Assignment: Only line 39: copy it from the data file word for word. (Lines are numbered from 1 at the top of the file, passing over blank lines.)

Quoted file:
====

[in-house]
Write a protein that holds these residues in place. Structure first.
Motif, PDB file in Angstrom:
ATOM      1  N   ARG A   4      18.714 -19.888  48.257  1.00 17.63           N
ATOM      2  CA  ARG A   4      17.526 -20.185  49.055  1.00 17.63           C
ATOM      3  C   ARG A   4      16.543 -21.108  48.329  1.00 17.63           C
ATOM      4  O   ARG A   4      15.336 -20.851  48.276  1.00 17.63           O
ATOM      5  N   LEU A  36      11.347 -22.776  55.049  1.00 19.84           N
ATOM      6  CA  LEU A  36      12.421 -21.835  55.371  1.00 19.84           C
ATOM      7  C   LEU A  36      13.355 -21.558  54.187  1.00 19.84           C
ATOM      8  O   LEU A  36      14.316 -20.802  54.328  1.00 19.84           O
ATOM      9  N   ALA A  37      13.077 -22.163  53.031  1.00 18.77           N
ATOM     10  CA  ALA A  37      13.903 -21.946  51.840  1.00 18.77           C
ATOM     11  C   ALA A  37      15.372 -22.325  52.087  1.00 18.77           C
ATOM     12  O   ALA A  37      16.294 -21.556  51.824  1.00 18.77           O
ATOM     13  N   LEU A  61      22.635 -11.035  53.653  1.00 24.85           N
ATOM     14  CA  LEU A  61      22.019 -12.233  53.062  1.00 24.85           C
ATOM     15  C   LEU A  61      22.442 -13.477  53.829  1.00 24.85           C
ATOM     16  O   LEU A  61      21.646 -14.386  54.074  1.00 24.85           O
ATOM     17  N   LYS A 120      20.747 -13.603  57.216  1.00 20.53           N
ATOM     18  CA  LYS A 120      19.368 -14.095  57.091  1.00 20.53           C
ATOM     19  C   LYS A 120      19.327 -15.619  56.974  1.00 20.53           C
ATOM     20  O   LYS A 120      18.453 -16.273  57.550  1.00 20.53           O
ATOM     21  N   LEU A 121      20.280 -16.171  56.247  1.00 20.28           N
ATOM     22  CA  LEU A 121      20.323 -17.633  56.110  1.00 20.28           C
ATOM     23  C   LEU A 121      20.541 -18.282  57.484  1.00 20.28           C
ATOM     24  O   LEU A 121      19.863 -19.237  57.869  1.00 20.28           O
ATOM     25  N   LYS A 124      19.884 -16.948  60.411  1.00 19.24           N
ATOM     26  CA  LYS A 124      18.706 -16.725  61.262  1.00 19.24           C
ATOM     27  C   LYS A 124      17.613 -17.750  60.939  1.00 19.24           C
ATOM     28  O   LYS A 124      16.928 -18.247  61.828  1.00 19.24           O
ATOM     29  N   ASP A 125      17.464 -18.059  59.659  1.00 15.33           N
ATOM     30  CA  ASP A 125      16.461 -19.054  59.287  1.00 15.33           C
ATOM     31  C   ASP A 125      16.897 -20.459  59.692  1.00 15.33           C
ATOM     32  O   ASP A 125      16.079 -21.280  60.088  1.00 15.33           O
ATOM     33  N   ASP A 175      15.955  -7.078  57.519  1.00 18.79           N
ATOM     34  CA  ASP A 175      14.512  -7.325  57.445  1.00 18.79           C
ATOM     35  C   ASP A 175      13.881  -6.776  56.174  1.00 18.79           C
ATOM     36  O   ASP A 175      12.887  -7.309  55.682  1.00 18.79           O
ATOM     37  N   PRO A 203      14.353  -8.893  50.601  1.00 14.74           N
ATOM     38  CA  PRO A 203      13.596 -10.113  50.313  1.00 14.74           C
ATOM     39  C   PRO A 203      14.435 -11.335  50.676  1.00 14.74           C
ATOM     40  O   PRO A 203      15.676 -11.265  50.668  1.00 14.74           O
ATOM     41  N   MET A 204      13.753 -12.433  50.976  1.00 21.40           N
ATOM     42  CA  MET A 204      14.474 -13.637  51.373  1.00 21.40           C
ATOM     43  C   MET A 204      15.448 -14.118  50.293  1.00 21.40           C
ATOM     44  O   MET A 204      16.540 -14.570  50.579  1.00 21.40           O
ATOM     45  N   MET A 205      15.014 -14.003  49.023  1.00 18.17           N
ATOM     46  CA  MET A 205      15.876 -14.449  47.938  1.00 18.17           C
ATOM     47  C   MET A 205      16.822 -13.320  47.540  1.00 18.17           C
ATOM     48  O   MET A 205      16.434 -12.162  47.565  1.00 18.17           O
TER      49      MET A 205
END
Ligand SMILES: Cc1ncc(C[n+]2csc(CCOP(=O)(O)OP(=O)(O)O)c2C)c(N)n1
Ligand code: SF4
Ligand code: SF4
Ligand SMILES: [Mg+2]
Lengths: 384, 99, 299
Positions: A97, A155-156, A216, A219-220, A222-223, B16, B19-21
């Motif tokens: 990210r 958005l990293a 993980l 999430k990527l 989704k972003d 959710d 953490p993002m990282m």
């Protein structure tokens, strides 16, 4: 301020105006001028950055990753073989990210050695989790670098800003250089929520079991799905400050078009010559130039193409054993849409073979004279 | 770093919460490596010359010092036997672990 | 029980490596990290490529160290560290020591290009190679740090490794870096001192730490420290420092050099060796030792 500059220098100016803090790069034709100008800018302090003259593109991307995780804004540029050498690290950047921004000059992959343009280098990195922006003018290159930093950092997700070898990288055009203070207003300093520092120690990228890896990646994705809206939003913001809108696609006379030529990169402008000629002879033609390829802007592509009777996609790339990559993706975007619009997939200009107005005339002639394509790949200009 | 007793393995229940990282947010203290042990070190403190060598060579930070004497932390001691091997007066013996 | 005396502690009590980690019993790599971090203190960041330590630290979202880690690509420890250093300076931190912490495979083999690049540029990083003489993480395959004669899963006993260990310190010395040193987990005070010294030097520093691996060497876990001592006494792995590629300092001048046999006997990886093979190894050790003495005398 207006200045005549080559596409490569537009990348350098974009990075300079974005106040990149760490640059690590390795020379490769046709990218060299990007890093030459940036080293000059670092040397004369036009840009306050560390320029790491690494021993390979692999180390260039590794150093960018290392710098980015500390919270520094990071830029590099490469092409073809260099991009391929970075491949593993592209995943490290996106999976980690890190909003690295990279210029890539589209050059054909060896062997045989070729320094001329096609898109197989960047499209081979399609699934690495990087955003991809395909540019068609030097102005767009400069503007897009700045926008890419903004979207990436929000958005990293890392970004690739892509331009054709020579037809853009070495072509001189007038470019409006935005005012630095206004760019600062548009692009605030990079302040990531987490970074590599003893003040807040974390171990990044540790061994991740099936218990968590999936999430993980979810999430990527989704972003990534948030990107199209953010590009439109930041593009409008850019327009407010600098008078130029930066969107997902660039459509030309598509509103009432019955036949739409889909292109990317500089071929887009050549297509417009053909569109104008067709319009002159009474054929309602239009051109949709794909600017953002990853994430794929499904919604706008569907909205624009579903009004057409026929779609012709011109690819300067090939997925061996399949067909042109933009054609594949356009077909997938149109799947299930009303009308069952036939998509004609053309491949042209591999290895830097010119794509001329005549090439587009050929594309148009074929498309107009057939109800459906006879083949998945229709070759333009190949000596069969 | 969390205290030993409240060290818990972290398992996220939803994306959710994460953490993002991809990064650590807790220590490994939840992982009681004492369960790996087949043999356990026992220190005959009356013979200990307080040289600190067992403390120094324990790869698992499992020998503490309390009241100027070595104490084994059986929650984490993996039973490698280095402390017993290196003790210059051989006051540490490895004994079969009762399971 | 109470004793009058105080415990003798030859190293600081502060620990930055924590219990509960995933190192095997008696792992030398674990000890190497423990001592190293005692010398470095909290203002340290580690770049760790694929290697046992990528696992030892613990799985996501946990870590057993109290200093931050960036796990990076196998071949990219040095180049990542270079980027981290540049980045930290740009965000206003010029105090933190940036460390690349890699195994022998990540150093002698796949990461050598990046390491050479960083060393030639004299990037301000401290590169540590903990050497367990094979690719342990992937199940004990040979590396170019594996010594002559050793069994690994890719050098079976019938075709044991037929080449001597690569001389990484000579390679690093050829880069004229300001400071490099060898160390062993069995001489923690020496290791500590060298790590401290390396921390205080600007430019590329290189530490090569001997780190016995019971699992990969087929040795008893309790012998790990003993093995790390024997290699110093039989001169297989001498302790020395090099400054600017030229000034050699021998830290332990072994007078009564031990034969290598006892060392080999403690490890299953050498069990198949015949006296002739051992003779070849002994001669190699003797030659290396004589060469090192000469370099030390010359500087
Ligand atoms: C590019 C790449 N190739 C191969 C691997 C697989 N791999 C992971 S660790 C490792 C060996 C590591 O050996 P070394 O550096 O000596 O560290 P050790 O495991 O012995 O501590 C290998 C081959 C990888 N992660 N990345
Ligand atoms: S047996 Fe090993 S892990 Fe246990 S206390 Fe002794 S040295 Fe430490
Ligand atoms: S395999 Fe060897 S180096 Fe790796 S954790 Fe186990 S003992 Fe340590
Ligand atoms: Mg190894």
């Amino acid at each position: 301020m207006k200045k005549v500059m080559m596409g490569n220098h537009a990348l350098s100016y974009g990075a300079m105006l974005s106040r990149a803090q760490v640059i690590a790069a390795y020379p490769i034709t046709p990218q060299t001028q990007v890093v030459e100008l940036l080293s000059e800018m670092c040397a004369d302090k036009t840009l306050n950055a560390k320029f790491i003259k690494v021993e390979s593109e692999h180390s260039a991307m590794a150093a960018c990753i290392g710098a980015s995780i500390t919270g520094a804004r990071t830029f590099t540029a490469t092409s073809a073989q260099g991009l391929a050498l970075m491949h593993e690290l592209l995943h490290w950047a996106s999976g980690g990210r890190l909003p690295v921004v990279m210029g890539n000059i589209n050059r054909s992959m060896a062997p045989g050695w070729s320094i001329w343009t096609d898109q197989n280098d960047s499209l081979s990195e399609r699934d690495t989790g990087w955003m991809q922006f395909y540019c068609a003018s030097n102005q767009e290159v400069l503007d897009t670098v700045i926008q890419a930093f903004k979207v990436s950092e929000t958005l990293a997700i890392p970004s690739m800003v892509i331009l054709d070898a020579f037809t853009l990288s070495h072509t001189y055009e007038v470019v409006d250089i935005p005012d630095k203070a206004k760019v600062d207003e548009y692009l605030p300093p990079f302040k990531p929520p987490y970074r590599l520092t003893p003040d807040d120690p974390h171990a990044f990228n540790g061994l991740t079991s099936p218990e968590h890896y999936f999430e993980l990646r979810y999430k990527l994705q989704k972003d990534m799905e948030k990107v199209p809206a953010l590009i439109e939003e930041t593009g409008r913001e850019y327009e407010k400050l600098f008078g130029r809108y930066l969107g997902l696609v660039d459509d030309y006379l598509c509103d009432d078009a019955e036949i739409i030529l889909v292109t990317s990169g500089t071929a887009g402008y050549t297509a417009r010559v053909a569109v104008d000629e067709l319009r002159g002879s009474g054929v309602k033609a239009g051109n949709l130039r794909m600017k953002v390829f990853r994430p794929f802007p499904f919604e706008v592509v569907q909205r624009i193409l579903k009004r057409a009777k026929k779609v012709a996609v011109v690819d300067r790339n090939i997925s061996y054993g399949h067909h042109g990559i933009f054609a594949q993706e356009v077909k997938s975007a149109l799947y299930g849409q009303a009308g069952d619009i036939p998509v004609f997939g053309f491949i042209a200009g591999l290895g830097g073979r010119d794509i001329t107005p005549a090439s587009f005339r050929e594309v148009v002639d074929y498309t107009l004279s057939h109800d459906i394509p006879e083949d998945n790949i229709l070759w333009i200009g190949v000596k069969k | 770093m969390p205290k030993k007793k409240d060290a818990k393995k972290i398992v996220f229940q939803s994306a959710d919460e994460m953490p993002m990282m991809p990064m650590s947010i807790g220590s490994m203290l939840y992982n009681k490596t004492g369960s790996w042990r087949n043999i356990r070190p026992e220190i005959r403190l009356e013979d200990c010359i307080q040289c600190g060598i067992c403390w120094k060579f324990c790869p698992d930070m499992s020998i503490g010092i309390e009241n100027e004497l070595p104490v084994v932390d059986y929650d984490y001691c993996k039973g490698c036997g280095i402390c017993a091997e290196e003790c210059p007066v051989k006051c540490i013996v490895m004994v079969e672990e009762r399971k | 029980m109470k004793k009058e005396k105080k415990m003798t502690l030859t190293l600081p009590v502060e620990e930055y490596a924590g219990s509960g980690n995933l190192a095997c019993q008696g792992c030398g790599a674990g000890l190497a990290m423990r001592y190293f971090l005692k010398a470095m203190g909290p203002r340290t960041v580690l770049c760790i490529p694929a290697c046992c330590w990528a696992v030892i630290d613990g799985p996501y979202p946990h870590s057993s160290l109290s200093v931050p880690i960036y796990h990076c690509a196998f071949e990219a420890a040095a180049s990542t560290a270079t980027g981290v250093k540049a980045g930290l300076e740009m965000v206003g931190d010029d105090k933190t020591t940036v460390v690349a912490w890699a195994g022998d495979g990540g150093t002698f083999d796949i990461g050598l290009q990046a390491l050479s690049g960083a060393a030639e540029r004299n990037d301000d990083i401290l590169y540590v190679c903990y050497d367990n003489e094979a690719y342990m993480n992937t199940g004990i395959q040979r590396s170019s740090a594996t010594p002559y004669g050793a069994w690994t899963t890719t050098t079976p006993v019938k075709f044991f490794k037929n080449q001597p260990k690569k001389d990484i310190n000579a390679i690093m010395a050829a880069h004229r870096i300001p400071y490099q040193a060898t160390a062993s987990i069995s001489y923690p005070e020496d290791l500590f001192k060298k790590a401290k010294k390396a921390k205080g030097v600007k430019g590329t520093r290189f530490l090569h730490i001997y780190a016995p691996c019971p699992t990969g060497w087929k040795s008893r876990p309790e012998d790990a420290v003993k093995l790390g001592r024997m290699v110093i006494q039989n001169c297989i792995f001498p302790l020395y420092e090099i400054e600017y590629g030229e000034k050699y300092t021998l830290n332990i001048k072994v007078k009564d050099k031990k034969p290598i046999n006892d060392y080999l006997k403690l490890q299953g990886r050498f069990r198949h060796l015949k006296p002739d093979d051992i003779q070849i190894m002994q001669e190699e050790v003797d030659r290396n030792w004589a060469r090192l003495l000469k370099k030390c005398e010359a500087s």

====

ATOM     36  O   ASP A 175      12.887  -7.309  55.682  1.00 18.79           O